Emily Yoffe, a Slate contributor and the voice of the "Dear Prudence" advice column, has some somewhat unpopular advice for college-aged women: Stop drinking so much.
In a lengthy article published Tuesday, Yoffe connects the consistent and disheartening problem of sexual assaults on college campuses with what she describes as an avoidable practice among young women. Binge-drinking, she says, compromises the faculties and can leave young women especially vulnerable to rape or sexual assault.
"Let’s be totally clear: Perpetrators are the ones responsible for committing their crimes, and they should be brought to justice," she writes. "But we are failing to let women know that when they render themselves defenseless, terrible things can be done to them."
As if sensing the inevitable backlash and calls of victim-blaming the piece would inspire, she equivocates:
"Young women are getting a distorted message that their right to match men drink for drink is a feminist issue. The real feminist message should be that when you lose the ability to be responsible for yourself, you drastically increase the chances that you will attract the kinds of people who, shall we say, don’t have your best interest at heart. That’s not blaming the victim; that’s trying to prevent more victims."
The piece, which employs statistics and studies to illustrate the convergent cultures of campus drinking and sexual assault, and draws on the experience of real rape victims whom Yoffe interviewed, is framed in the voice of a mother who is looking after her daughter.
"I’ve told my daughter that it’s her responsibility to take steps to protect herself," Yoffe writes, referring to her own daughter who will start college next year.
Despite the author being a woman, and despite Yoffe's attempts to align her views with some widely held feminist principles, feminist authors around the Internet were critical of her advice, calling it "rape denialism" and saying the article makes Yoffe sound like an "a--hole." Some opinions, from some popular online voices:
"Perhaps more than Yoffe herself, I’m disgusted at Slate editors for playing host to this vile line of thought, so commonly debunked for years, by feminists of many stripes. This is not journalism. This is not a new, provocative, or worthwhile argument. This is plain old victim-blaming." -- Lori Adelman, Feministing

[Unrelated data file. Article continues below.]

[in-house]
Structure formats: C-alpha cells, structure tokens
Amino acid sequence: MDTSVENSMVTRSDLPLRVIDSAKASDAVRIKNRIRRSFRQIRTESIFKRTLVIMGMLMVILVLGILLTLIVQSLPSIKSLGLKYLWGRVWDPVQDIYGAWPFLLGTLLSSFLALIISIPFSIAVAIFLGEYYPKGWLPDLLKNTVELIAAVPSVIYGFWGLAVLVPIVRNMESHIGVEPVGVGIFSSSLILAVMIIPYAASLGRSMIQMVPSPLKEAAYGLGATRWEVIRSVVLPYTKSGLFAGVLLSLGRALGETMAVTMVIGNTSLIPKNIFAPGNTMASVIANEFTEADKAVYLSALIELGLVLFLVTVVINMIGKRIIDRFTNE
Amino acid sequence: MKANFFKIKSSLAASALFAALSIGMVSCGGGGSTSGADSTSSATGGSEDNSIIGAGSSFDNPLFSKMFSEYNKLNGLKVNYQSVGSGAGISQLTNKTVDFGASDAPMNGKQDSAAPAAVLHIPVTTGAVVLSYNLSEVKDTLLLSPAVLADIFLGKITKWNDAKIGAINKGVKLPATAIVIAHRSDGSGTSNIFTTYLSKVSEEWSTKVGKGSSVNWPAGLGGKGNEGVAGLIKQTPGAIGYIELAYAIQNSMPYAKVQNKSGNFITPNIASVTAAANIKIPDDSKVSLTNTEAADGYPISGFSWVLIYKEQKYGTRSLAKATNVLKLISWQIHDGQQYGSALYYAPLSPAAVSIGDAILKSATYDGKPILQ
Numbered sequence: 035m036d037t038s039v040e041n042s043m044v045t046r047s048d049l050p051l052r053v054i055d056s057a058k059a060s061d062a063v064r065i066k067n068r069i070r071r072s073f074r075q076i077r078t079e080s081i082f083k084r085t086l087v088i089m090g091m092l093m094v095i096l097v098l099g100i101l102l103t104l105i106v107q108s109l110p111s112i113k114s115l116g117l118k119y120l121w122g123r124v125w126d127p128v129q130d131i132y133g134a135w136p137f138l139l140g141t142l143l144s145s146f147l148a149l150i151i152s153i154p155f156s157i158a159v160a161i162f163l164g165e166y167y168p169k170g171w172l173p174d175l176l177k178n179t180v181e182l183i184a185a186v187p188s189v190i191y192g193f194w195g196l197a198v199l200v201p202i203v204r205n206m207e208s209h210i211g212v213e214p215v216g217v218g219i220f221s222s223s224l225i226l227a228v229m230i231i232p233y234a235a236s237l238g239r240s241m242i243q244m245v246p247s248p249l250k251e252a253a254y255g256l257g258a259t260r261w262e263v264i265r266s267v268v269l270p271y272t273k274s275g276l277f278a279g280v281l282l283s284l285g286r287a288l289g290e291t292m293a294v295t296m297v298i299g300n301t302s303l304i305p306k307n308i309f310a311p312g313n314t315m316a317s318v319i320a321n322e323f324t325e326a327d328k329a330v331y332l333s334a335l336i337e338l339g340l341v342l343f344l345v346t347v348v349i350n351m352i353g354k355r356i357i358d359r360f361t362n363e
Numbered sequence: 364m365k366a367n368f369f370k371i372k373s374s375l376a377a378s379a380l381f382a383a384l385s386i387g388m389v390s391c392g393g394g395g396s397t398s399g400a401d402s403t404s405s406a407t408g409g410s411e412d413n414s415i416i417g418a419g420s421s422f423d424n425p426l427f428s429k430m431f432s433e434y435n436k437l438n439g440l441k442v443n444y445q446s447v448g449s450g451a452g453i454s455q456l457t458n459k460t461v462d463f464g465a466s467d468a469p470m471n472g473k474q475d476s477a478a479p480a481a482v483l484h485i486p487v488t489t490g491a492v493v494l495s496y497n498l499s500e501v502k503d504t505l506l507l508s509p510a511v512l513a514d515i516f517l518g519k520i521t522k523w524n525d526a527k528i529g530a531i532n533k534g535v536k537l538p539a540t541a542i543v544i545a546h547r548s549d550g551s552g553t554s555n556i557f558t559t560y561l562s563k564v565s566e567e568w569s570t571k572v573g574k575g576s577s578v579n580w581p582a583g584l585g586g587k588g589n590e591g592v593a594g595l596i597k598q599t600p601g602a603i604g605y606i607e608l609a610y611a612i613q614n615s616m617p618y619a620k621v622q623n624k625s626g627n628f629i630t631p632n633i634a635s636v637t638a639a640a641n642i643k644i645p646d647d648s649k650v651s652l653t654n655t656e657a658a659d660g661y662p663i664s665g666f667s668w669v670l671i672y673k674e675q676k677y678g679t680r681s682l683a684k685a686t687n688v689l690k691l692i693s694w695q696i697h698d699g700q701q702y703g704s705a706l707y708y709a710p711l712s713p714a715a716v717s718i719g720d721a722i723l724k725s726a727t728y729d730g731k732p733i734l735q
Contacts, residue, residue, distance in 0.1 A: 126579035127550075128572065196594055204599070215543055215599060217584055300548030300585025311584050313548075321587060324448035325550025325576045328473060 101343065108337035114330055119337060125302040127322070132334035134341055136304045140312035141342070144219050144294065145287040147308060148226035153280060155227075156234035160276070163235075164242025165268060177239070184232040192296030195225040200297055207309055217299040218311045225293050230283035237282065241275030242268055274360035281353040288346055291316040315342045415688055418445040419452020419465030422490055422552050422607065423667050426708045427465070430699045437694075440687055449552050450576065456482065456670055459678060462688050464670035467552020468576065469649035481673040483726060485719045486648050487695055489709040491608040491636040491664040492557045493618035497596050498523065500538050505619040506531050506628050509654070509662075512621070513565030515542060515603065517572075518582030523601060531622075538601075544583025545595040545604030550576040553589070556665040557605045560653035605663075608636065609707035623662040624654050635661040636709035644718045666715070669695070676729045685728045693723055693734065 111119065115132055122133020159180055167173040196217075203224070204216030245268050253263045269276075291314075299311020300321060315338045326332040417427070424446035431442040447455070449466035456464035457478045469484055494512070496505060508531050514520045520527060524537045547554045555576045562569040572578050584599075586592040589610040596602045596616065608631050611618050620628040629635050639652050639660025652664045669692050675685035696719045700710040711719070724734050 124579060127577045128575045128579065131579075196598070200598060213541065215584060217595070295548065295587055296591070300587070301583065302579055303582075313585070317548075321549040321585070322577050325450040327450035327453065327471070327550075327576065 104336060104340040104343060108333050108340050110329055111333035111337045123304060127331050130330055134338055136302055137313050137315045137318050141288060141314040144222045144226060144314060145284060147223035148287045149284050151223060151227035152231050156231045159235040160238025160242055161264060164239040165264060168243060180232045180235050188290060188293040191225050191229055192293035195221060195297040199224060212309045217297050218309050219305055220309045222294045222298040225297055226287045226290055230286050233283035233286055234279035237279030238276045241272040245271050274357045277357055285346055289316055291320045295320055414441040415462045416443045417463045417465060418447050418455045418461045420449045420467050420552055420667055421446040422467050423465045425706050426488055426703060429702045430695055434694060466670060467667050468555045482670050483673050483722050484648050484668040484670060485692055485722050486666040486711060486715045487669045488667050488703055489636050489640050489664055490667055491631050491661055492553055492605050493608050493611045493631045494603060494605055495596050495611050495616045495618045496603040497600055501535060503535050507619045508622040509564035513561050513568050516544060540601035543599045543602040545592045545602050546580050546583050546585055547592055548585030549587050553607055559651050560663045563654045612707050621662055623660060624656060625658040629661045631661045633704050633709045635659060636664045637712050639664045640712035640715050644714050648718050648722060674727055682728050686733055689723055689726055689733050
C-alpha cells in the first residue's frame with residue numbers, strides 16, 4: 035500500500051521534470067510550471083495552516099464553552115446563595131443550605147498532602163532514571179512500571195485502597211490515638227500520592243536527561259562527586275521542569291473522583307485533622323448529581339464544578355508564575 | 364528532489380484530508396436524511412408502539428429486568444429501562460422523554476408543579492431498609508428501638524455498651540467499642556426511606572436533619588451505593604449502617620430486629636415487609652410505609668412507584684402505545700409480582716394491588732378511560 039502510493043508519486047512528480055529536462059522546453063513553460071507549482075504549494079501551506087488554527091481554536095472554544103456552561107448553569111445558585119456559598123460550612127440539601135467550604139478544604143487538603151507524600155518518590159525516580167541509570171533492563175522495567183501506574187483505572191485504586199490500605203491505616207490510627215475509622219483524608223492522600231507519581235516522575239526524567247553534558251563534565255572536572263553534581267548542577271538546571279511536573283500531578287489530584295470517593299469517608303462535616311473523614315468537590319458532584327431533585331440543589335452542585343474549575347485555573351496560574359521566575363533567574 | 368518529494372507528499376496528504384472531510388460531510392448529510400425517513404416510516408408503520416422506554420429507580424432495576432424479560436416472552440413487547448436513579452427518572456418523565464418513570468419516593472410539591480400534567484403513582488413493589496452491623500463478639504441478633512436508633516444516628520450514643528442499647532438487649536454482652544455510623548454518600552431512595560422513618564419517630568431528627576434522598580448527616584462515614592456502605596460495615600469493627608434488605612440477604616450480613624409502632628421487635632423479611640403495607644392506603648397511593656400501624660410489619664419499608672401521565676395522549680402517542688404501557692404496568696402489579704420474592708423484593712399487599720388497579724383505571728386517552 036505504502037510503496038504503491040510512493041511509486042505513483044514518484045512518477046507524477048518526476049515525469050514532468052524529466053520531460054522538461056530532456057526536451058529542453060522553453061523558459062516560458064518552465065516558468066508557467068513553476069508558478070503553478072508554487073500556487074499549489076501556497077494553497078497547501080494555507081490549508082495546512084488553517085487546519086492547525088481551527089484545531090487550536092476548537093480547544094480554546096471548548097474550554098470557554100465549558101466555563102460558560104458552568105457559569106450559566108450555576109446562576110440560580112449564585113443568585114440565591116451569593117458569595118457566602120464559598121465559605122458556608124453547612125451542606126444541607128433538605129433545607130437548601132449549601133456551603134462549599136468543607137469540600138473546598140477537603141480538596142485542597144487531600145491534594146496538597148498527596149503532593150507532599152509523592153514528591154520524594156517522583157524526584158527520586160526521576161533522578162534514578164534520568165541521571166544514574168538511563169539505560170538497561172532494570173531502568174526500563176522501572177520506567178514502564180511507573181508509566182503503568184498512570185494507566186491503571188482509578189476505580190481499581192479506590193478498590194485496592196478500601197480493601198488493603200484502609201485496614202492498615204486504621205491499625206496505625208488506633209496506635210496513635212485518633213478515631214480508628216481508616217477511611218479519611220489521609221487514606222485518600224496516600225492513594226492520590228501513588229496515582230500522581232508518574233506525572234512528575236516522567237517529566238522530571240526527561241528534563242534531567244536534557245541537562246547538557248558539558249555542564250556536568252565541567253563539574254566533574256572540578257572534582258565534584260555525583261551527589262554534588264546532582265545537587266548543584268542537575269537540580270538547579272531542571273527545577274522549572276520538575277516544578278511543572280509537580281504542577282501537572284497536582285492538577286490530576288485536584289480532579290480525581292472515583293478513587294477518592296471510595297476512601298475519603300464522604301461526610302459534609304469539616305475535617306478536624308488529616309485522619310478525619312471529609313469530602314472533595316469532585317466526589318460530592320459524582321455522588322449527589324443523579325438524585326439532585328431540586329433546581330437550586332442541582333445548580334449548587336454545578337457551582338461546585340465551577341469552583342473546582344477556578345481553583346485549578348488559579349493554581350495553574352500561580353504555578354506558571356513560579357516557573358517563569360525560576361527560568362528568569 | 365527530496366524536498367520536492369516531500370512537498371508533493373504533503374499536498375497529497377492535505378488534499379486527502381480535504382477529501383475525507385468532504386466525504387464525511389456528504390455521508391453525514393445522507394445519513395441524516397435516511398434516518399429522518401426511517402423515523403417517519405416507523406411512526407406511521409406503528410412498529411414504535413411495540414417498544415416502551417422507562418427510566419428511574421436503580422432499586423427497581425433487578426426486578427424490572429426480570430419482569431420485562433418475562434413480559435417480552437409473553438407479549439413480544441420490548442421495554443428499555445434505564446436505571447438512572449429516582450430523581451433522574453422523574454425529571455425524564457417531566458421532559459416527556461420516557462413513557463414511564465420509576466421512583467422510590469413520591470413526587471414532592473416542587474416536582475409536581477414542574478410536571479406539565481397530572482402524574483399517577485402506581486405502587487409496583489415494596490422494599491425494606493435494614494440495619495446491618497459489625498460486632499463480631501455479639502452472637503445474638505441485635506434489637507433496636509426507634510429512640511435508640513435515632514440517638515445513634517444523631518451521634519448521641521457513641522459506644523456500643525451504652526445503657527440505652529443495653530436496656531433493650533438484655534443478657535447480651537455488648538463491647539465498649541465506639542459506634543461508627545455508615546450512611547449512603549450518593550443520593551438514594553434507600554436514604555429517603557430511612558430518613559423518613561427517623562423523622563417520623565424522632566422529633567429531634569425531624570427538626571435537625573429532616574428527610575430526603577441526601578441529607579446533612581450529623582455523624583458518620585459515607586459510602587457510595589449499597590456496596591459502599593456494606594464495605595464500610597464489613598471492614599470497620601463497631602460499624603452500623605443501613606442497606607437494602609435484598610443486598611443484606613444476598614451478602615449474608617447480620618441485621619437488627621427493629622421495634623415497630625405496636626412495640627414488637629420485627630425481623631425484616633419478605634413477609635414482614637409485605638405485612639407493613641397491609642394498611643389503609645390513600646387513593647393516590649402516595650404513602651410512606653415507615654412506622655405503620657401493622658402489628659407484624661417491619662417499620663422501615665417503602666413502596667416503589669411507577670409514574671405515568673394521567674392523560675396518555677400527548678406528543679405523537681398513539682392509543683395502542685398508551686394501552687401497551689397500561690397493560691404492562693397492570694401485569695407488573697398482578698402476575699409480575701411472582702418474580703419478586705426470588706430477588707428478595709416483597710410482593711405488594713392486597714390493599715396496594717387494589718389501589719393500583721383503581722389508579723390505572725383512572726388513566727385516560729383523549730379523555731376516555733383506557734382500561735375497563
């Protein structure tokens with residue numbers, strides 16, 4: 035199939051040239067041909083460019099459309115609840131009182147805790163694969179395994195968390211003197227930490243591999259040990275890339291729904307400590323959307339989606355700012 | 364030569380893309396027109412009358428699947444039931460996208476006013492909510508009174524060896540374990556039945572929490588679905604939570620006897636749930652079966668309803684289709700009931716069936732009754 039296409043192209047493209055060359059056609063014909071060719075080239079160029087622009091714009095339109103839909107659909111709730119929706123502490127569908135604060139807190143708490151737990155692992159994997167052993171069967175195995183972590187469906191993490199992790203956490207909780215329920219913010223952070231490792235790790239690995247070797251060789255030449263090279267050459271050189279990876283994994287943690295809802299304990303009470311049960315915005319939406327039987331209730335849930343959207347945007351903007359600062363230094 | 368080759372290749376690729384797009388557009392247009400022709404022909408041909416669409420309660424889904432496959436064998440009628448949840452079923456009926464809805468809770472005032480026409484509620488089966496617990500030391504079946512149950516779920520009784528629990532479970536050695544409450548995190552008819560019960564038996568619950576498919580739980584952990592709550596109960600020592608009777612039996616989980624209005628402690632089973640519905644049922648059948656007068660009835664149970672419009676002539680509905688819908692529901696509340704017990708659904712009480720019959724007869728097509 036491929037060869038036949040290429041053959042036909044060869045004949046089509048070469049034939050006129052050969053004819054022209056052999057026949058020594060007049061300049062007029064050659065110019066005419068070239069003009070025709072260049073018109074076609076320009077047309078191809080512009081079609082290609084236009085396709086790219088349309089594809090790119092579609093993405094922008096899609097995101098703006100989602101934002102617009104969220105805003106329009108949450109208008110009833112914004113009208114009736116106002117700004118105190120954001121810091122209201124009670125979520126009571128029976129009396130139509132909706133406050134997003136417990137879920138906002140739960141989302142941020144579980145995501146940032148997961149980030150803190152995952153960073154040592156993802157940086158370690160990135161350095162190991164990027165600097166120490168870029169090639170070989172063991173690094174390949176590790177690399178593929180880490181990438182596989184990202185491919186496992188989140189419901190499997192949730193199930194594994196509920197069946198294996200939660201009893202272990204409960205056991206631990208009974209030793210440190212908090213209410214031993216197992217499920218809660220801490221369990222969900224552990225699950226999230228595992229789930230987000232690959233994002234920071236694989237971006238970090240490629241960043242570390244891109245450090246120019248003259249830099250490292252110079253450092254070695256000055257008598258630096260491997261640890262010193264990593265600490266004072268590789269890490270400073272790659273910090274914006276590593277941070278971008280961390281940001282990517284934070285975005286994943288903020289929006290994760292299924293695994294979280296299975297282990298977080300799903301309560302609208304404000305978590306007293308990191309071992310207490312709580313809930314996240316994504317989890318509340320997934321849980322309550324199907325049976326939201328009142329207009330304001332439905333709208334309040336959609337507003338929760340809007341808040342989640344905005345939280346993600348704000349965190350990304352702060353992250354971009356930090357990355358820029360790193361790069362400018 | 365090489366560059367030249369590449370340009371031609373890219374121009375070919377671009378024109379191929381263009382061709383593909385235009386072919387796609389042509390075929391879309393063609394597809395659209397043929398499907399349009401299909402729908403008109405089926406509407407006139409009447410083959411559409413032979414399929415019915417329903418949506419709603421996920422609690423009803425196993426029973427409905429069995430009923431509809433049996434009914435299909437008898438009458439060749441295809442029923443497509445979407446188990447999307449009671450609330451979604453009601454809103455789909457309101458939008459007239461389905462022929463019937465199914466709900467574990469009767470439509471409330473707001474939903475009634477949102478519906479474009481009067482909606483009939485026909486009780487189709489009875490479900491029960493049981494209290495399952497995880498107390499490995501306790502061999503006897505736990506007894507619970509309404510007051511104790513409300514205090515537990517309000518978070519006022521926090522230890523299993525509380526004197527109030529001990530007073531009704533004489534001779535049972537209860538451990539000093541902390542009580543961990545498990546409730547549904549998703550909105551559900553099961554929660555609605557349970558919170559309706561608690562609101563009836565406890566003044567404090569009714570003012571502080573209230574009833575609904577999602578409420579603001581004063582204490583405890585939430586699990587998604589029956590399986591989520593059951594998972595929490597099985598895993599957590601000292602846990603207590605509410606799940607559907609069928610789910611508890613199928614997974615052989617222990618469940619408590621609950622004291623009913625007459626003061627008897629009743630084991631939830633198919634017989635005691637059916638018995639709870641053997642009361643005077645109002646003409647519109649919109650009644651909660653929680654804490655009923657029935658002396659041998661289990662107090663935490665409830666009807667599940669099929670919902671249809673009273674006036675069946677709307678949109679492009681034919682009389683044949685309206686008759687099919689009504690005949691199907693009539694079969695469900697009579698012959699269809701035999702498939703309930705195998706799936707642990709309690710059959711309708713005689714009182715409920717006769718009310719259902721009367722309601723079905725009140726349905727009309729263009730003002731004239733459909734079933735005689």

"Unsurprisingly, this bit of e-prudery by the woman otherwise known as Dear Prudence was poorly received because, you know, we're all pretty tired of the 'ladies be getting themselves raped' trope — and for good reason. Is there a way to discuss rape prevention and personal safety that both acknowledges the sad, rapey reality of the world without blaming the victims and, by extension, coming across like a scoldy a--hole?" -- Erin Gloria Ryan, Jezebel
"Yoffe failed to realize that there's one thing that's more common than alcohol when it comes to rapes. That would be rapists. While alcohol plays a part in a number of rapes, I can assure you that in every case (both male and female) of rape, there is at least one rapist. And, well, Yoffe's column isn't titled 'Rapists, stop raping women.'" -- Alexander Abad-Santos, The Atlantic
"We live in a world where people live-tweet and Instagram an alleged sexual assault rather than stepping in to stop it, where 54 percent of sexual assaults are not reported to the authorities, and where 97% of rapists will not spend even a day incarcerated. There is certainly a culture that needs changing, but scolding college women for drinking beer at a kegger is not the way to do it." -- Emma Gray, Huffington Post Women
Ann Friedman, a magazine journalist, penned a parody of the piece, titled "College Men: Stop Getting Drunk," that closely resembled Yoffe's writing, but switched all of the relevant female pronouns.
Still, under the heavy pile of criticism, some outlets agreed, at least generally, with Yoffe's viewpoint. The New Republic acknowledged the controversy of the article, but pointed out that heightened incidences of sexual assault aren't the only reason college women should stay away from the booze.
Twitter, of course, has been inundated with criticism (and some support) of the piece, with hashtags such as #victimblaming and #rapeculture accompanying many opinions.
What do you think of Yoffe's advice? Should young women seek to curb their behavior to avoid a possibly dangerous situation, or is this victim blaming that fails to address the real problems behind sexual assault on college campuses?